All states are not created equal, as this summer's performances in Congress and other political platforms show anew. Some states are pretty great; some are just plain trouble. Take the following three, for example:
South Carolina has been a plague on the house of the Republic since the start. Fiercely protective of slavery even as a colony, it was the first state to secede from the Union. Apparently when you go down there, men still wax proudly about the firing on Fort Sumter, the final catalyst for the Civil War. And then there was the earlier beating in the Capitol: A South Carolina congressman back in those divided days caned Charles Sumner, the leading abolitionist senator from Massachusetts. In the 20th century, South Carolina sent arch-segregationist Strom Thurmond to Washington decade after decade to represent the Palmetto State. Right now, the state has given us two outspoken Republican senators--Lindsay Graham and freshman Jim DeMint. Graham just denounced immigrants who come to this country, as he delicately put it, "to drop a child." That degradation of political discourse shocked even the jaded in the politerati--but outrage is nothing new to defiant South Carolina, the last to surrender, flying that Confederate flag even to this day. Call me a damn Yankee, but South Carolina is always on the wrong side of history.
You can keep Arizona, too. Gov. Jan Brewer, a Republican, brought the Grand Canyon state to a pretty pass by preparing to enforce harsh new immigration laws, parts of which were just struck down as unconstitutional by a judge. This is the hottest summer anyone can remember in that desert--and I don't mean the soaring temperatures. The way Brewer proposes to pursue and question people suspected of being illegal immigrants is pretty much un-American--and another sad outcome of how we as a populace have lost our bearings since September 11, 2001. (More on that to come in future posts.) The two Arizona senators, Republicans Jon Kyl and John McCain, are also part of the problem in Washington. Kyl, the minority whip, is aggressively obstructionist and persuades or coerces others not to give a glimmer of daylight to anyone or anything favored by President Obama. His opposition to confirming Elena Kagan to the Supreme Court is the latest case in point. As for McCain, he has changed his stance on so many issues that he is not the man he used to be in 2000. The once cheerful maverick is now running hard just to win re-election--just to be senator--but it's not clear what for anymore. [See who donated the most to McCain's campaign.]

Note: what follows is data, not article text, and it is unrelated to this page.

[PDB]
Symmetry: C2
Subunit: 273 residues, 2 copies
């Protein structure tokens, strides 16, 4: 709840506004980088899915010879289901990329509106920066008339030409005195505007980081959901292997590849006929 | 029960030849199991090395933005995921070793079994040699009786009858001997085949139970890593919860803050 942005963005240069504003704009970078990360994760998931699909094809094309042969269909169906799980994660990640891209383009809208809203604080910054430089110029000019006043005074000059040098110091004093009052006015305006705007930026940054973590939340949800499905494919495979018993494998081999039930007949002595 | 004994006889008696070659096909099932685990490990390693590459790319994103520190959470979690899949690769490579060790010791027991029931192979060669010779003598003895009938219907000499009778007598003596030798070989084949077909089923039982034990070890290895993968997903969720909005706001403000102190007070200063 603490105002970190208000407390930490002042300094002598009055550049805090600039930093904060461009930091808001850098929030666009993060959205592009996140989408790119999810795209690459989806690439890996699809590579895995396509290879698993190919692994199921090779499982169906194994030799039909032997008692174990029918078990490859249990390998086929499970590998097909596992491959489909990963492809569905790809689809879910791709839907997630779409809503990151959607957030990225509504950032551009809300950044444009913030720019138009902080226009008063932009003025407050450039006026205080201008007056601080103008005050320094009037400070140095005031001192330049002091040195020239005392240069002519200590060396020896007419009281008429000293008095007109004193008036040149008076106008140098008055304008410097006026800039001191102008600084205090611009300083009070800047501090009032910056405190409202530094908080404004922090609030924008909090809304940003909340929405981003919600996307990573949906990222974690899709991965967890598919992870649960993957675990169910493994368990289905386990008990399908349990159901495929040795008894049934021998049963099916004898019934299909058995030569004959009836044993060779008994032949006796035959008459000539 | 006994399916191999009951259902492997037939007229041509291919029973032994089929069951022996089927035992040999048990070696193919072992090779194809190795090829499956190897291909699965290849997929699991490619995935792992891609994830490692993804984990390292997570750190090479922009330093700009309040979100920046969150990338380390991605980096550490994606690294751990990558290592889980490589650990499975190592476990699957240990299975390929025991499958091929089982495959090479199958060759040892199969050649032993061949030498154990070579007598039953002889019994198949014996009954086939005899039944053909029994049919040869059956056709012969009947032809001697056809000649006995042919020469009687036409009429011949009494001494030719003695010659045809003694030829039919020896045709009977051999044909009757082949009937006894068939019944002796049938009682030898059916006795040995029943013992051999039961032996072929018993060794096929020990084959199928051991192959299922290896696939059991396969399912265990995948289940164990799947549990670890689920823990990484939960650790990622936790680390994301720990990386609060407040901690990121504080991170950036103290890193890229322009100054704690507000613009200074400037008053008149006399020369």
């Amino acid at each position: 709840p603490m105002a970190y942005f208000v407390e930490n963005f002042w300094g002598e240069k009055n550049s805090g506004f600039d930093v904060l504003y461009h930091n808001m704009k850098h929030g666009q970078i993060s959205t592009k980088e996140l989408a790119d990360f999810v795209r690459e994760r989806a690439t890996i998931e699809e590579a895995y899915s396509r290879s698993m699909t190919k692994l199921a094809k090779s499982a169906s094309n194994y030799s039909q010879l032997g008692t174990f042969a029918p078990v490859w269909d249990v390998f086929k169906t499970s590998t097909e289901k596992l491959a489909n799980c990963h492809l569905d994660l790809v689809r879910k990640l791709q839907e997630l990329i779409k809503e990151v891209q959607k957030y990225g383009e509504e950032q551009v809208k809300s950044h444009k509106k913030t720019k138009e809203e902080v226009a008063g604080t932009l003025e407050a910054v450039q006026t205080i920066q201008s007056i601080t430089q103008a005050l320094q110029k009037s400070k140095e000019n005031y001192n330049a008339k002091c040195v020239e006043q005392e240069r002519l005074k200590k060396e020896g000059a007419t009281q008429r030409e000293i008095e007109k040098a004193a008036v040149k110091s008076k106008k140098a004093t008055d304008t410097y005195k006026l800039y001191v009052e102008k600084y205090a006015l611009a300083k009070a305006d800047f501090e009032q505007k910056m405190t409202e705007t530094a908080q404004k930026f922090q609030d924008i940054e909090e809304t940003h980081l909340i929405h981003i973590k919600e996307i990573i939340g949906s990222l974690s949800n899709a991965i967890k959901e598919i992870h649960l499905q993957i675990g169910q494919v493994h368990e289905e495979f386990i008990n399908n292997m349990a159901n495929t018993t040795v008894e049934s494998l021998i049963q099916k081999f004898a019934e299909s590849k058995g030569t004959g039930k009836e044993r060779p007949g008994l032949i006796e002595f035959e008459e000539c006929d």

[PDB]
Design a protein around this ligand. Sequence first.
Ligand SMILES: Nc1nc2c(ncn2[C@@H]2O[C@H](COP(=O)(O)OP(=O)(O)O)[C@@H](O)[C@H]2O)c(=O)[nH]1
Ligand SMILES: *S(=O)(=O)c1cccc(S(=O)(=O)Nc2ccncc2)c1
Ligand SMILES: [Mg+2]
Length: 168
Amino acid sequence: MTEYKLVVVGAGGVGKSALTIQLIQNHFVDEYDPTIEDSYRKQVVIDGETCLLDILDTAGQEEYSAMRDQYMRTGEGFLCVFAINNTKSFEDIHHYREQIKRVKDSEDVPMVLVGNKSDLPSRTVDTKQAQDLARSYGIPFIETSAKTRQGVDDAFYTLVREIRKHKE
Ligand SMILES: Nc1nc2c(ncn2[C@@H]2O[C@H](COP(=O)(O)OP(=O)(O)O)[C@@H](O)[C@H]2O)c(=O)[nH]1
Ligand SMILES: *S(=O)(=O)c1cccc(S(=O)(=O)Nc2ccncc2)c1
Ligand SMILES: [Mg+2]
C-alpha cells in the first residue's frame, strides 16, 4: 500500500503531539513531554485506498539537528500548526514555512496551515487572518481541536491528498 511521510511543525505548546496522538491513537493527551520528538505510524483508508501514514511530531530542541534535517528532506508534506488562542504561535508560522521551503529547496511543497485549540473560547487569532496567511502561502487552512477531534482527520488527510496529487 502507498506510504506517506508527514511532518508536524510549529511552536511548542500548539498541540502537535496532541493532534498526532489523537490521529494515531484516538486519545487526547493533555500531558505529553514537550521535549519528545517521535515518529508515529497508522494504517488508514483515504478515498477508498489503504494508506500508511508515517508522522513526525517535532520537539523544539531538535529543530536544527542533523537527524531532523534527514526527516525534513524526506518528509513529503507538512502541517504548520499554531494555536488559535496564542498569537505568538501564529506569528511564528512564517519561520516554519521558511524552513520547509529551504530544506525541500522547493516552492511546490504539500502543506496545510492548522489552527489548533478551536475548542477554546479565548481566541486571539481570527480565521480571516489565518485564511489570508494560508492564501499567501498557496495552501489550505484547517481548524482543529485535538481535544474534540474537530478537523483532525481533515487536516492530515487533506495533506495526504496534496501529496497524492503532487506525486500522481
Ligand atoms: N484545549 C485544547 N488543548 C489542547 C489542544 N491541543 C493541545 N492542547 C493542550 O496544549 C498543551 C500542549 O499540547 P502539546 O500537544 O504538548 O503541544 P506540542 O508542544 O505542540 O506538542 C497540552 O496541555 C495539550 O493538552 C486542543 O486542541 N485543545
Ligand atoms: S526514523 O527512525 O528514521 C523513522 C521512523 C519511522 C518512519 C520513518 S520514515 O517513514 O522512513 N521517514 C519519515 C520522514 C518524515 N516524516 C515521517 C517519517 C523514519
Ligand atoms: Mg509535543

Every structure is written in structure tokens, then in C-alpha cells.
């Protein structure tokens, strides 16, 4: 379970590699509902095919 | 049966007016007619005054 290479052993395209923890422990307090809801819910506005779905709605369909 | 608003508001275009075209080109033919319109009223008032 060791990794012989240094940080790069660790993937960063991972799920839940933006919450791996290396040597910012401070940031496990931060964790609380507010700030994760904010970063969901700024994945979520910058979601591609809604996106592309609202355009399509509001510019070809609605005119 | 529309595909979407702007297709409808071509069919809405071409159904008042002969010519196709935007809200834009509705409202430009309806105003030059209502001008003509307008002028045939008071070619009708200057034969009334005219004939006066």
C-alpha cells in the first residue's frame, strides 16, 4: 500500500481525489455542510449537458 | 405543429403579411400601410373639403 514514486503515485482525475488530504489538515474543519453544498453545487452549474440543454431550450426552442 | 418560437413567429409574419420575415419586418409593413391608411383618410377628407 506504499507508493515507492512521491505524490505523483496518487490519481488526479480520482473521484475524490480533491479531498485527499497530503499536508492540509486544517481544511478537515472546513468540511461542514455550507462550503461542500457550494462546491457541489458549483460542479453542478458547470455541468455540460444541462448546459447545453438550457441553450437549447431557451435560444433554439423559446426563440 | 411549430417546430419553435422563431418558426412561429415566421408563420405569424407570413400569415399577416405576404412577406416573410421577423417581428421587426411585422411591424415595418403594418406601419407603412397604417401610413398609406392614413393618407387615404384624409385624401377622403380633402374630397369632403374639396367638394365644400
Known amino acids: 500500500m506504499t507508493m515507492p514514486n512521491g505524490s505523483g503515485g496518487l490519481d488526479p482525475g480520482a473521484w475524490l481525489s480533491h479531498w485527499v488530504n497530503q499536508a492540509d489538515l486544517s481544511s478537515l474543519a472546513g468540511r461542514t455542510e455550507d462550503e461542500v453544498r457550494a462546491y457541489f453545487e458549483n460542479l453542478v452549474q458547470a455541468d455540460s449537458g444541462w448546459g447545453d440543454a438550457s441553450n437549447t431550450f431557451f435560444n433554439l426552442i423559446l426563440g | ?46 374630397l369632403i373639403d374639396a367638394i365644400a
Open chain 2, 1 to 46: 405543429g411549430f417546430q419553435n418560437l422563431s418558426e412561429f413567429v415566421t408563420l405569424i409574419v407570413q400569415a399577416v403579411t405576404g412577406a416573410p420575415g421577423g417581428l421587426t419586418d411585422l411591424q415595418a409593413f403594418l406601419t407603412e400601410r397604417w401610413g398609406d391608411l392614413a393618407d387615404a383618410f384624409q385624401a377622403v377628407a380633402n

Texas, once its own country, should have stayed that way. To a visitor, it feels like another country--with very much its own culture, as if one needs a passport to cross its borders. Even if you're just changing planes in massive DFW airport, you know you're in Texas from the talk, dress, and swagger. Everything is big in Texas, an unhappy hybrid of Southern and Western culture. Yet they are a happy (if bellicose) breed amongst themselves, so much so that Republican Gov. Rick Perry actually talked about "dissolving" or leaving the Union. Wouldn't that be great? After the vale of tears Texas took the nation through, with the gift of George W. Bush, the Texas state of mind is best kept within its borders far from the nation's capital. At the least: no more gifts, please. Nor has Florida lived down the disservice of the 2000 elections deadlock.
Jonathan Swift, the master of satire, is no longer with us--so let me make a modest proposal: that the states that seceded--let them be gone! That means South Carolina, Texas, and even Florida as a bonus, along with the Deep South states that send recalcitrant Republican representatives to Washington with no intention of doing the nation's business. They are there to block, taunt, and undermine a president, a man from Illinois making social progress. This time, let's let them go without a fight. Oh, and we'll keep Virginia, more reconstructed than the rest, and give them Arizona.